After Hiatus, Locals Thrilled To Be Back At Hampton Classic

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Ava Lynch of Sag Harbor, who rides at East End Stables, and her pony You've Got Mail took the blue ribbon in an over fences class in Section B of the low children's equitation class on Sunday. MICHAEL HELLER

Riders of all ages and ability levels who compete at the Hampton Classic often have the same expression when they’re in the ring — features fixed in deep concentration, a stern game face on as they engage in the kind of mental and physical focus riding a horse over a series of jumps requires.

Swan Creek Farm Groom Garciano Mayo works with Cheeky during opening day of the Hampton Classic this past Sunday, August 29.       MICHAEL HELLER

That look often remains even after their turn is over; at a show where the competition is top notch, even a seemingly flawless round can leave plenty of riders empty-handed, outside of the top 10 who walk out of the ring with a silky ribbon affixed to their horse’s bridle.

There was still plenty of that on Opening Day at the Hampton Classic on Sunday, but more than a few riders also seemed to be having a lot of fun, some clearly smiling even as they were flying over jumps, others sharing a laugh with a trainer or fellow exhibitor in the schooling rings.

Being back at a show that many riders will easily declare as their favorite of the year was likely the cause for high spirits. The Classic welcomed back exhibitors to its showgrounds on Sunday for the first time since 2019, after a year hiatus due to COVID, and it seemed to be a triumphant return, even for riders who were not lucky enough to walk away with a blue or tri-color championship ribbon.

Of course, for those who did, it was even more special. Opening Day is also known as Locals Day, with the majority of classes geared specifically for riders who live on Long Island or stable their horse at a barn in either Nassau or Suffolk County for at least 75 days out of the year. It was a great day for Adriana Forte of Water Mill. She won the local junior hunter division, sponsored by Miller and Associates, with her horse, Memorable, and also claimed the Grand Local Hunter Championship by earning the most points in all the local hunter divisions. Memorable is owned by First Blue LLC, based in Bridgehampton, and Forte trains with Jenna Weinfurt of First Blue LLC. Forte earned the South Fork Perpetual Trophy for her efforts.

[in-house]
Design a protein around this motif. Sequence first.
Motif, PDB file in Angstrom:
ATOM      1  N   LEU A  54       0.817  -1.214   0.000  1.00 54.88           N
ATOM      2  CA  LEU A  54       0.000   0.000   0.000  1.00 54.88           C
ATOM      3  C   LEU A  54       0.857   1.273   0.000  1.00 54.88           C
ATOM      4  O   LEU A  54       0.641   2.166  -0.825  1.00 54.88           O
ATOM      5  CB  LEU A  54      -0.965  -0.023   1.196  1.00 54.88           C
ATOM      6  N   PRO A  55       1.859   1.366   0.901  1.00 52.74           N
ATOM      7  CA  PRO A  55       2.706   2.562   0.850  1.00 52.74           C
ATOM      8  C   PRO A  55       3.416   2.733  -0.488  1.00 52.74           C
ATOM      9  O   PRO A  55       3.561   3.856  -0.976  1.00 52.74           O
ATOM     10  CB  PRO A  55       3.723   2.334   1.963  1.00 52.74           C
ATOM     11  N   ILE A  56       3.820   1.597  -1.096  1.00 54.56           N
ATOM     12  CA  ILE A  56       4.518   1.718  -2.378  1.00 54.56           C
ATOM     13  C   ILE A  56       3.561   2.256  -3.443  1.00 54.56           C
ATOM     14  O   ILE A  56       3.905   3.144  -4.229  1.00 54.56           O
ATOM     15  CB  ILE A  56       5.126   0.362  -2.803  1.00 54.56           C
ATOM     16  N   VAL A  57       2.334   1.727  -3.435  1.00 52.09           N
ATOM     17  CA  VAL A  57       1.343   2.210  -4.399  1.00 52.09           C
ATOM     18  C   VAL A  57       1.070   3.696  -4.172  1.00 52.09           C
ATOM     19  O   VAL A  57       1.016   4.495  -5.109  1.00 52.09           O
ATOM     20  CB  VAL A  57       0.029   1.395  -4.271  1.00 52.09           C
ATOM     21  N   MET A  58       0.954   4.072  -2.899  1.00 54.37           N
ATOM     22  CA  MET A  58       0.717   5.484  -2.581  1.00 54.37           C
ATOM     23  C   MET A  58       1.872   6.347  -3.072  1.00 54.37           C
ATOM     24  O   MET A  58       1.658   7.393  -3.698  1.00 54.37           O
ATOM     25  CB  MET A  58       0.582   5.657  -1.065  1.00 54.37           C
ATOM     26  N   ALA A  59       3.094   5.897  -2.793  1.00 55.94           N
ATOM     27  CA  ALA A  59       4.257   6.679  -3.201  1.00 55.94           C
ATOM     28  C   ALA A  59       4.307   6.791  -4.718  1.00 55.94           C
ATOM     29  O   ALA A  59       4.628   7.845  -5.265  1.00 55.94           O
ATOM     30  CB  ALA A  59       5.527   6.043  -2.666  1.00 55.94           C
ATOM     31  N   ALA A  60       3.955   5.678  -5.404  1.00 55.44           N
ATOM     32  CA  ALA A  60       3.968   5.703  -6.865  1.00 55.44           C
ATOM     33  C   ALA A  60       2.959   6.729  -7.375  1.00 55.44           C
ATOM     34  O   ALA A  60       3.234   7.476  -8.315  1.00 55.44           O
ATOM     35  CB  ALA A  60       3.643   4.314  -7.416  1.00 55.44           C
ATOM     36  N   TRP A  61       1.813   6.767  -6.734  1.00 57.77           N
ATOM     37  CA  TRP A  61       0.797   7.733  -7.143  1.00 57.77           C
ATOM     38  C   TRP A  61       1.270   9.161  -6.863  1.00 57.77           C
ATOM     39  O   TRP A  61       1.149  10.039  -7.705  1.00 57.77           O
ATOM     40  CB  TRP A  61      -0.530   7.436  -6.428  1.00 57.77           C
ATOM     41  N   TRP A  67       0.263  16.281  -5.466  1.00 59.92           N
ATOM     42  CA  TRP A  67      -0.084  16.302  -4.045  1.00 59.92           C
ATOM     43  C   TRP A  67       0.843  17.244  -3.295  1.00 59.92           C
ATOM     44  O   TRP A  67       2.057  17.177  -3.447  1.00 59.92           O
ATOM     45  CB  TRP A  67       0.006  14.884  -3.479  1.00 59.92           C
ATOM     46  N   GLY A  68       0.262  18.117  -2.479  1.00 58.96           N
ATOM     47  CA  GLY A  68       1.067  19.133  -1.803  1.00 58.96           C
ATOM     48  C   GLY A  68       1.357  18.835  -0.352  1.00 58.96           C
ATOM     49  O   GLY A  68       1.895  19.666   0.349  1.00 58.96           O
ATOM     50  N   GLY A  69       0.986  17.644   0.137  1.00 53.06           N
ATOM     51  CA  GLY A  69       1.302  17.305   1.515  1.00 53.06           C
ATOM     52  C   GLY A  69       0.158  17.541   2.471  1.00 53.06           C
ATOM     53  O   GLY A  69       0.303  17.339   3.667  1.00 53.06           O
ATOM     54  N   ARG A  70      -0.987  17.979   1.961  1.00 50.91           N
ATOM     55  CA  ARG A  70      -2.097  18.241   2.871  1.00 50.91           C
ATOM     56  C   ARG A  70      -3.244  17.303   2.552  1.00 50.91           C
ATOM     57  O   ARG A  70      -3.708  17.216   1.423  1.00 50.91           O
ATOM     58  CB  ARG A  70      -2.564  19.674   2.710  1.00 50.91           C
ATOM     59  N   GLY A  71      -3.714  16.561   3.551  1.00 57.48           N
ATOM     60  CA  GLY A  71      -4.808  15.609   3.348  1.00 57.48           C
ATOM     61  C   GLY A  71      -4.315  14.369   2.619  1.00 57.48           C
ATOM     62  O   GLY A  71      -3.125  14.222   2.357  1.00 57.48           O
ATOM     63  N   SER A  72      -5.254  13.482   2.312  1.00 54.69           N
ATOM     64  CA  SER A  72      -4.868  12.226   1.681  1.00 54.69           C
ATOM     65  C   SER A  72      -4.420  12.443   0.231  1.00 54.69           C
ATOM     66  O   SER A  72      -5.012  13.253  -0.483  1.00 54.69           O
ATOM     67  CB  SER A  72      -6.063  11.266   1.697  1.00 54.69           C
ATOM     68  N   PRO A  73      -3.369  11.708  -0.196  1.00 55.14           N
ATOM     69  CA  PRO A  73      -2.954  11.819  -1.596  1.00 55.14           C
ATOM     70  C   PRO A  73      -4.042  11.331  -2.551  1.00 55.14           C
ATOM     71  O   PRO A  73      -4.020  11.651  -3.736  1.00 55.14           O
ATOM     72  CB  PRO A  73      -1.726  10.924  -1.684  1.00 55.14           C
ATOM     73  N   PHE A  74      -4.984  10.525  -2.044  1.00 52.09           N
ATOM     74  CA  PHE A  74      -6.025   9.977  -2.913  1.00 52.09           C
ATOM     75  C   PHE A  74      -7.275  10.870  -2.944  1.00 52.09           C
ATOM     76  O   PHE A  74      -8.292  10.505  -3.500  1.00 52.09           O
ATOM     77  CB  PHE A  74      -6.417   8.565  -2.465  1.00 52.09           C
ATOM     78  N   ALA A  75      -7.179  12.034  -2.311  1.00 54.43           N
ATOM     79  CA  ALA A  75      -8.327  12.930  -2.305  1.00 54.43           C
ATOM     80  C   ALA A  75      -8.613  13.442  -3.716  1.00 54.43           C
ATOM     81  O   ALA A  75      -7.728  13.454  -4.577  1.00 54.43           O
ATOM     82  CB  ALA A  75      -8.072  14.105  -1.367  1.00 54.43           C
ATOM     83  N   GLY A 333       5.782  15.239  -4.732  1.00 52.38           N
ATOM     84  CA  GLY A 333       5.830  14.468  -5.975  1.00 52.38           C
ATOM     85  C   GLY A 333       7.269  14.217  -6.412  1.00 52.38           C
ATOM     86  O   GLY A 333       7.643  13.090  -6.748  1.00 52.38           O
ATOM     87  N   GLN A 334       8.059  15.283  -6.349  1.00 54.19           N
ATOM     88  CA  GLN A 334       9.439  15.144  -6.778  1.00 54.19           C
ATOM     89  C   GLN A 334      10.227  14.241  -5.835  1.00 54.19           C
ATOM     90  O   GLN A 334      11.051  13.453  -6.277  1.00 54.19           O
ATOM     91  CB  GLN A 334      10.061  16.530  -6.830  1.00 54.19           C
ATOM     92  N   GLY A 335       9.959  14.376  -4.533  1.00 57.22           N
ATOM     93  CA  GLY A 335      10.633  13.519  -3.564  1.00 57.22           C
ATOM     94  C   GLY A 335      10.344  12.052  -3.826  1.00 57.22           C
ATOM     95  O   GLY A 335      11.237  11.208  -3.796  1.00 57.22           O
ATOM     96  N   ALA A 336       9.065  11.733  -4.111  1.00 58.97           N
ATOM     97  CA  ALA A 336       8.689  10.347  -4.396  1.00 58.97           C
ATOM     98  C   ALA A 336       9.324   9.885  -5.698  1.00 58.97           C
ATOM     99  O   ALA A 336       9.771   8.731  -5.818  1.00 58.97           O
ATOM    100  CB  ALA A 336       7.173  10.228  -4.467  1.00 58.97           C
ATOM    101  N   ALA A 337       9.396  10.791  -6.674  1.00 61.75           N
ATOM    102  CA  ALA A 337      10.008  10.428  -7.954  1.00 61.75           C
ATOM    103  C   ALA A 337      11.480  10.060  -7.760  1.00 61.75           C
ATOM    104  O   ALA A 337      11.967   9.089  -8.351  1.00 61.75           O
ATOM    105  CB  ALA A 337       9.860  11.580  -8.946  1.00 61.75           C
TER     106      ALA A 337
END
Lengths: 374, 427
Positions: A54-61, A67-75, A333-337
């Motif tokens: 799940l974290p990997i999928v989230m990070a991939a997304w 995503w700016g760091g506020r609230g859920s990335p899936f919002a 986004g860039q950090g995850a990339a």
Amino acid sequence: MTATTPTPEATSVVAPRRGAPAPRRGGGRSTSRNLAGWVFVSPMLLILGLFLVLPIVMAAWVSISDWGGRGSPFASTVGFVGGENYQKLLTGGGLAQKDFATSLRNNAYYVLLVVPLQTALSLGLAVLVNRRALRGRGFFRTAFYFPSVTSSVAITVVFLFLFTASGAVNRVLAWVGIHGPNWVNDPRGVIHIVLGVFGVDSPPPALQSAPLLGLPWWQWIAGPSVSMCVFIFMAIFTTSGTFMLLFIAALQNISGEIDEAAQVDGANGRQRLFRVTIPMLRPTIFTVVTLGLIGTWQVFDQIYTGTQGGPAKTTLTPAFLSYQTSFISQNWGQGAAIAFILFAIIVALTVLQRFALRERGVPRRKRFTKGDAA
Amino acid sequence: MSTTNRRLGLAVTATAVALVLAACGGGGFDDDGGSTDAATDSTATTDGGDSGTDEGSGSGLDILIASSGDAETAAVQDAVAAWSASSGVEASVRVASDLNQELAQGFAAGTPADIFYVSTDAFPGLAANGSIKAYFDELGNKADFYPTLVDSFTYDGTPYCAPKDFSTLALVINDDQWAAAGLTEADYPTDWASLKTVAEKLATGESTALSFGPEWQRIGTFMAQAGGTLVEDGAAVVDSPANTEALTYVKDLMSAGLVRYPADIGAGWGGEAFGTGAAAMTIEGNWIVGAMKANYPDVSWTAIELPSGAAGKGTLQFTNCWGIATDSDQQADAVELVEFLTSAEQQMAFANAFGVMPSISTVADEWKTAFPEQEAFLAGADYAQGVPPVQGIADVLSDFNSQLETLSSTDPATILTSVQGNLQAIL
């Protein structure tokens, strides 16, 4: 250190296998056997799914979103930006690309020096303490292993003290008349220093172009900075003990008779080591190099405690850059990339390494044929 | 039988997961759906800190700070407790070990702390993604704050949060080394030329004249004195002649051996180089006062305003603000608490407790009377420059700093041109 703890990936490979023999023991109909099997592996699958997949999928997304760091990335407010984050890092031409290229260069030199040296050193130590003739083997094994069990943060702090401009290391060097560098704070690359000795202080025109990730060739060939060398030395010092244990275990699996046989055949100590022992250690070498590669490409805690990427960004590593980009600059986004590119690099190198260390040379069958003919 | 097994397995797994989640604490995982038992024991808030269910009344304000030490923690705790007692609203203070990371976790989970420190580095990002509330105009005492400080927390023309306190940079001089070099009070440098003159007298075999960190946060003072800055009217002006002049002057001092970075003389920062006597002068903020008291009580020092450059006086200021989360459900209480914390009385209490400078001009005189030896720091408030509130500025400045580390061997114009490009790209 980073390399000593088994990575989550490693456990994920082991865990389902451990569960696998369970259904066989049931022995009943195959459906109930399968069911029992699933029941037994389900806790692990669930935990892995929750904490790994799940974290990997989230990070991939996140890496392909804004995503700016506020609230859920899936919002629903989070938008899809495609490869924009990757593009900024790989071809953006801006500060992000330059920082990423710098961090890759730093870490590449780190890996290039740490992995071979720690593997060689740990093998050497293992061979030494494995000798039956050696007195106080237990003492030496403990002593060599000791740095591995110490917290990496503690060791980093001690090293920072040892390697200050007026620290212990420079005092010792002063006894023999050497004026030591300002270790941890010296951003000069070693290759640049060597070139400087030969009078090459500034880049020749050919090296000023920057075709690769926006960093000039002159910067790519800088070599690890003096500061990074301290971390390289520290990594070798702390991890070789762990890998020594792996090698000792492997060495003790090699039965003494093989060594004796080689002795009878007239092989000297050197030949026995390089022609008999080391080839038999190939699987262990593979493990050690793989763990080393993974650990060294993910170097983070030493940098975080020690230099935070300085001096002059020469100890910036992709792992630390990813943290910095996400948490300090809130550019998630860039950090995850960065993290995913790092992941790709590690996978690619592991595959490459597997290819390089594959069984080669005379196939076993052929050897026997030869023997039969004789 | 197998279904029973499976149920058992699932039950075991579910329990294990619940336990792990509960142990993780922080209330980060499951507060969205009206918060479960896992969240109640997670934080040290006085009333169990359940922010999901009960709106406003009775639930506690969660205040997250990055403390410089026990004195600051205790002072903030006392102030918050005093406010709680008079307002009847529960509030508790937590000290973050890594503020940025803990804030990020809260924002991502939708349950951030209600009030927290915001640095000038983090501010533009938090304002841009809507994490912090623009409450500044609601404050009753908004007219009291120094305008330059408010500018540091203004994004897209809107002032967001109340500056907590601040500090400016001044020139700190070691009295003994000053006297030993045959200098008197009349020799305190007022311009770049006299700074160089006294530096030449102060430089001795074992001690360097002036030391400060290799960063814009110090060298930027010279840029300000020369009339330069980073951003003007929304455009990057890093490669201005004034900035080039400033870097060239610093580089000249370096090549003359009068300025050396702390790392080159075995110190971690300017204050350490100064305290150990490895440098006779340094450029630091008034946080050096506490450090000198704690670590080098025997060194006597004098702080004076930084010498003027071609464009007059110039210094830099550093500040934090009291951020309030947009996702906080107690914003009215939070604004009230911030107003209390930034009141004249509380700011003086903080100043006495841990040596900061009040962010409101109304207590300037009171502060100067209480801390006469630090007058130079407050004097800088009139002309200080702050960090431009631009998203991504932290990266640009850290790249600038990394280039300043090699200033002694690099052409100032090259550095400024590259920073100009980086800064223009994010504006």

Phoebe Topping of Swan Creek Stables polishes her spurs in preparation for competition on opening day. MICHAEL HELLER

Justine Ryan of East Hampton was champion in the amateur-owner hunter division, sponsored by Health Rover, aboard Monalisa, owned by Lisa Ryan. Justine trains at Wölffer Estate Stables in Sagaponack. In the local hunter non-pro division, Brett Lieb — a Southampton native who now calls Wellington, Florida, home — was champion aboard Goodman, owned by Bridgehampton barn Twin Oaks Stables, where Lieb trains with Kate O’Donnell.

Brooke Chasin of Huntington took the blue, red, and yellow tri-color in the local hunter pro division, sponsored by the East Hampton Star, with Jalisco, owned by Erin Brody, also earning the Eddie Horowitz Memorial Trophy, sponsored by North Shore Equestrian Center. Chasin and Jalisco were champion in Section B of the pro division, while Molly Sewell of Wellington rode Ellin Berman’s Einstein to the champion ribbon in Section B. Laura Bowery, who operates Sea Aire Farm in Bridgehampton, was reserve champion in both sections

The youngest riders were on display in the Grand Prix ring in the morning in the leadline class. In the 2 to 4 age group, Piper Goldberg of Dix Hills and Caramel and Cookies, Blue’s Clues and Mia Dubin of Brooklyn, and Eliza Strong of East Quogue and Q-2 were class winners. In the 5 to 7 age group, Nadia Vanessa Almansa of Hampton Bays and Oopsie Daisy, Charlie McCabe of Brooklyn with Sunny Side, and Emilie Good of Laurel Hollow and Tinkerbell were class winners.

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